Consumer coalition challenges Microsoft
- By John K. Waters
- October 1, 2001
As the Microsoft anti-trust trial heads for the penalty phase, a coalition of consumer groups want federal prosecutors to play hardball. In a letter sent last week to federal and state officials connected with the case, the Consumer Federation of America, Consumers Union, Media Access Project and the U.S. Public Research Interest Group together called for severe measures to curb what they call the company's historic pattern of anti-competitive behavior.
"Without severe penalties for failing to comply with the consent decree," the letter reads in part, "Microsoftas evidenced by past behaviorhas no incentive to obey the law. Financial penalties for noncompliance should be sufficiently large as to be meaningful to a company with billions of dollars of cash on hand garnered through abuse of monopoly power," the groups wrote. "Break-up should be a continual threat available to the Court should it determine that Microsoft fails to comply with the conduct remedy."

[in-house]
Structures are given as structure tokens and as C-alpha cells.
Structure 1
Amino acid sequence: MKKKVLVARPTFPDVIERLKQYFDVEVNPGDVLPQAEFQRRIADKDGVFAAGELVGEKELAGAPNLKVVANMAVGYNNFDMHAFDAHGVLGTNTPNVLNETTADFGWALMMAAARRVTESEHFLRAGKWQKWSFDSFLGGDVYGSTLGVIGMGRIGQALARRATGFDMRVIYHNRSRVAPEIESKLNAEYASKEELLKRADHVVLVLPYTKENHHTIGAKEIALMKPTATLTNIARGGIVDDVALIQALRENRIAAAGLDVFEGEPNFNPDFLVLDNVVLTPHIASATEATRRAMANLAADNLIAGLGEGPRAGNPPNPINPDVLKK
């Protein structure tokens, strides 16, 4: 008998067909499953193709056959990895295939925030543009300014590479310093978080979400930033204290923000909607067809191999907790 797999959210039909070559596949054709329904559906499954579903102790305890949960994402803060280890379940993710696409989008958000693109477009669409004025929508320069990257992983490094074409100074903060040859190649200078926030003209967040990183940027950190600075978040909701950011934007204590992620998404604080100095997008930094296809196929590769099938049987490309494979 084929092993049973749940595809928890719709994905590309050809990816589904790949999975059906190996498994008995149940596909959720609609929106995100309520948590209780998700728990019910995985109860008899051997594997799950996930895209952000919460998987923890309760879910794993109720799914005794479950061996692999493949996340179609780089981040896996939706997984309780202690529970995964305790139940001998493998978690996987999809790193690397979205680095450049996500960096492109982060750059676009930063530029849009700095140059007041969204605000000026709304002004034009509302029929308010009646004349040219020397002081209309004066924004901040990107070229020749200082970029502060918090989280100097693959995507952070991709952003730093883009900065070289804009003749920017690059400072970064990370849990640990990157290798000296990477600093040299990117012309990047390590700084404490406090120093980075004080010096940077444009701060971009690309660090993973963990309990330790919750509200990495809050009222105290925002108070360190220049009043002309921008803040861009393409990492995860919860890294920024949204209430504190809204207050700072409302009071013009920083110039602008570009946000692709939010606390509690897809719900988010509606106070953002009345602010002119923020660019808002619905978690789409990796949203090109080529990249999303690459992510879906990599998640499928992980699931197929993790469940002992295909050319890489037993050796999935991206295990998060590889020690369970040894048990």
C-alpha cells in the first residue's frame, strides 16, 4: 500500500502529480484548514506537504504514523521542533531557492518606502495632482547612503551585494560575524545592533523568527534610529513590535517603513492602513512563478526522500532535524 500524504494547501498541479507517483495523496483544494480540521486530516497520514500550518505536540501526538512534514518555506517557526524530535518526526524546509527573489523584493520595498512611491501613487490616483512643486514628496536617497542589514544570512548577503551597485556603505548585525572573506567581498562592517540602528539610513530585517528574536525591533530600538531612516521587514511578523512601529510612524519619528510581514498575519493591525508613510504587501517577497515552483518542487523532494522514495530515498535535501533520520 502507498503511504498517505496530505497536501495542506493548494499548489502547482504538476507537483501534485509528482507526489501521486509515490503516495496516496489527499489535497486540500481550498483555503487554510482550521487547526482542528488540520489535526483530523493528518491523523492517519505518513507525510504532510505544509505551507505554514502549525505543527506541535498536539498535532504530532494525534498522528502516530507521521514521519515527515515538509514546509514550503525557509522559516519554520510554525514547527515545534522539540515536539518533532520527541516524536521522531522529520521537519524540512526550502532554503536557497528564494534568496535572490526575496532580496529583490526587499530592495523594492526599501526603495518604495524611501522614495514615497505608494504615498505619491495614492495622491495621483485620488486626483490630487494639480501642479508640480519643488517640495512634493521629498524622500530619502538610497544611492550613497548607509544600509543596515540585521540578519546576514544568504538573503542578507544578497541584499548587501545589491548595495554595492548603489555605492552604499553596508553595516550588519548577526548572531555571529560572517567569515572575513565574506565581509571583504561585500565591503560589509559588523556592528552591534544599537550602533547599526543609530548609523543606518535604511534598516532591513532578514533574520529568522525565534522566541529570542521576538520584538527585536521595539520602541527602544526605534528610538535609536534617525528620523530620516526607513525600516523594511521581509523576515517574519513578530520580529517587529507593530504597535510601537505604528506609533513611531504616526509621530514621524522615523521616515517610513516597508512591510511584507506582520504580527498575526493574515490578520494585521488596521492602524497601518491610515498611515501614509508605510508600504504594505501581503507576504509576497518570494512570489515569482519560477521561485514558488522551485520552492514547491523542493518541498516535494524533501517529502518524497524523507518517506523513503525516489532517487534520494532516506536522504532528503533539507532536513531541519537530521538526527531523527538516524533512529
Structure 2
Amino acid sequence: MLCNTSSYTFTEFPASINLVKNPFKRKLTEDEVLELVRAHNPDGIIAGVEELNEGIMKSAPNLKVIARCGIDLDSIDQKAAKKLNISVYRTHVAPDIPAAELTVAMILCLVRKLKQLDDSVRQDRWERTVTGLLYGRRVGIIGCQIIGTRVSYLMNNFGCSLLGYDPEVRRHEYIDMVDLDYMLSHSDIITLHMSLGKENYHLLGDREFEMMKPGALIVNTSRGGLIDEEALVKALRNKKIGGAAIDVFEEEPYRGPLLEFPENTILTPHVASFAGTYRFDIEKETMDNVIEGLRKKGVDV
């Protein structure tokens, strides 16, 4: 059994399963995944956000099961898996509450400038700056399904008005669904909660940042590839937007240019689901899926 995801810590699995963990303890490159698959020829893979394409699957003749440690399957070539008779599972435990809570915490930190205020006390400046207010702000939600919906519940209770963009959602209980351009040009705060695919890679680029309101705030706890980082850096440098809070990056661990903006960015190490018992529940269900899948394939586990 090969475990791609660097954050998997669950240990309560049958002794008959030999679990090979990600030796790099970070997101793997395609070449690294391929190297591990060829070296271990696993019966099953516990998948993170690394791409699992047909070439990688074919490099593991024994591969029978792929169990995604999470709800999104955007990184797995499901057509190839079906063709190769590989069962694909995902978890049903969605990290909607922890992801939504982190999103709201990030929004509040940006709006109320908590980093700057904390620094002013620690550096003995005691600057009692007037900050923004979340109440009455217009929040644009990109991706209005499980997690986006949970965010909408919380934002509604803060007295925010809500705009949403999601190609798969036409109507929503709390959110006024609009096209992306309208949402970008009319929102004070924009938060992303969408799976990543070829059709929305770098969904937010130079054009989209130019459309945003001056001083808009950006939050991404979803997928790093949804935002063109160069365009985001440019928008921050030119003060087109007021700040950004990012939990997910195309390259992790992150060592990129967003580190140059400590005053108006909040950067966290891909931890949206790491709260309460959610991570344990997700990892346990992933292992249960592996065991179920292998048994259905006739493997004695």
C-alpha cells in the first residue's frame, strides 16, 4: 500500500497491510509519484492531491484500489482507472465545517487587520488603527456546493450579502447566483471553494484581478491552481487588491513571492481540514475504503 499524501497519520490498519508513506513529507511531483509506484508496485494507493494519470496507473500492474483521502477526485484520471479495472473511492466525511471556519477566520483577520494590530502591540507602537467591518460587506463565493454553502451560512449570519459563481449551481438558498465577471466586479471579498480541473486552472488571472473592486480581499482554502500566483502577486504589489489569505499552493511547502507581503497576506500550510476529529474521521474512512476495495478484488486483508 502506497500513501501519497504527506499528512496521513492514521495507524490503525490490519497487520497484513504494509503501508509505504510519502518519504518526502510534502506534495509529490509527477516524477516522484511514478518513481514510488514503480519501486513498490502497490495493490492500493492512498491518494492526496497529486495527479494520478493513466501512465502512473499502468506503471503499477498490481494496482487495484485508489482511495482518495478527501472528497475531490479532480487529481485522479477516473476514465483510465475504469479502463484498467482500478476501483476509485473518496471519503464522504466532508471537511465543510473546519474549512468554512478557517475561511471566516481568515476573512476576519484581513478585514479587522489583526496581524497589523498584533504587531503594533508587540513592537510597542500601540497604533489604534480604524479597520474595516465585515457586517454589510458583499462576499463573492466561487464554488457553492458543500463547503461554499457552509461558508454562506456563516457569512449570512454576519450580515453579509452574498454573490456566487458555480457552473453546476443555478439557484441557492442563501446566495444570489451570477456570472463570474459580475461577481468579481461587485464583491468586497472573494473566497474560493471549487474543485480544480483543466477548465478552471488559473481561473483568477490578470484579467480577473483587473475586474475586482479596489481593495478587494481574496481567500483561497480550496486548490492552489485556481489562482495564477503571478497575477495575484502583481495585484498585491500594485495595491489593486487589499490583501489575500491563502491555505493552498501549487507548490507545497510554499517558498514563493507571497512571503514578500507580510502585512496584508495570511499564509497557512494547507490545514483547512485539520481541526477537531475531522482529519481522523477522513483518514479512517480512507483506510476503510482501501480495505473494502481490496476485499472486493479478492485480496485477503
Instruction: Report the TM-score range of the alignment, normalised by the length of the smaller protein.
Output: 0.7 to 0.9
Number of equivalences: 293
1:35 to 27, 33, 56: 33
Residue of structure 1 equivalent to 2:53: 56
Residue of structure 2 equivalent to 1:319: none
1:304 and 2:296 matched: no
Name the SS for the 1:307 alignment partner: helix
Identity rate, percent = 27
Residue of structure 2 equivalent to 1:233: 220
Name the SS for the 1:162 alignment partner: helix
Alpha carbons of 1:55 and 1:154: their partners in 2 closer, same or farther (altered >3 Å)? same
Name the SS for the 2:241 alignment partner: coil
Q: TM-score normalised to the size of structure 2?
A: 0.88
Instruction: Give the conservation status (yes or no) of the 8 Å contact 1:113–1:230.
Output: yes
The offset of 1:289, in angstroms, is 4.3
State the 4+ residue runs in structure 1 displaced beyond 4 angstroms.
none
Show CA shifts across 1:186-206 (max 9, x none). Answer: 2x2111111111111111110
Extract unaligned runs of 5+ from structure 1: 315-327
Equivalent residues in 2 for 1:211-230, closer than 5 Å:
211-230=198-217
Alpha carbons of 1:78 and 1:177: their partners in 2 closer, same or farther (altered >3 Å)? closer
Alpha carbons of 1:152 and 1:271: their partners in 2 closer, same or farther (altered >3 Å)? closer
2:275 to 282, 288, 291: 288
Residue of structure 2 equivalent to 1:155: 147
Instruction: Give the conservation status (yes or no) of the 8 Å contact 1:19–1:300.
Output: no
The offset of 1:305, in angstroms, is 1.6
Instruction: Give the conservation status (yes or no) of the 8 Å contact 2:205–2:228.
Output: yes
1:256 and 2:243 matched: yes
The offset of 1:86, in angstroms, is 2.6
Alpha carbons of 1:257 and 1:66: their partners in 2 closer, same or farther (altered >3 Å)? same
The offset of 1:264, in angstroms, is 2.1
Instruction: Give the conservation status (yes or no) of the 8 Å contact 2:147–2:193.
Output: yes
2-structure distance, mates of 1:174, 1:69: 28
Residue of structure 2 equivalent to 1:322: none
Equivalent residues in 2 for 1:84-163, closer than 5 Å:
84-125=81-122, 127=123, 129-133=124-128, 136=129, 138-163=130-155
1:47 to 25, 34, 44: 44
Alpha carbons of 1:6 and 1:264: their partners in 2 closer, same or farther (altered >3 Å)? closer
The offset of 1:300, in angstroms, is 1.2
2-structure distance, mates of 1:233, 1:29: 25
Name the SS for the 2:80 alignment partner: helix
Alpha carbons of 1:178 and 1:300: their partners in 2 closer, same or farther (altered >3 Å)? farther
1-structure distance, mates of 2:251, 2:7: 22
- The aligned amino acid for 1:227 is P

The letter concludes, "We urge the attorneys general, who represent consumers as plaintiffs in the case, to seek a swift and sure end to what we believe to be illegal leveraging of illegally obtained monopolies for the PC operating system and Internet browser."
The group also issued a report spelling out its concerns about the Redmond, WA-based software maker's upcoming Windows XP operating system. In the 33-page report, the coalition said that XP "advances the company's illegal anti-competitive practices and harms the nation's consumers."
According to the report: "Activities such as communications, commerce, streaming audio-video applications, and online services are, at the present, vigorously competitive. These essential areas of the 21st century economy will be threatened and consumers harmed if Windows XP and its tightly bundled version of Internet software hits shelves as planned."
The report also detailed the group's concerns about Microsoft's Passport service of linked Web sites. The service allows Microsoft to collect credit card numbers, transaction and Internet usage data, nicknames, address books, calendars and Web site bookmarks. The depth of data Microsoft will have access to, the report said, poses serious risks to consumers.
The coalition's report was written by Mark Cooper of the Consumer Federation of America and Christopher Murray of the Consumers Union. Media Access Project and the U.S. Public Interest Research Group also signed the report.
At press time, Microsoft had not responded to requests for comment, but company representatives said that a response was forthcoming.
For more E-Business, go to: http://www.adtmag.com/section.asp?section=specialreport.
John K. Waters is a freelance writer based in Silicon Valley. He can be reached
at [email protected].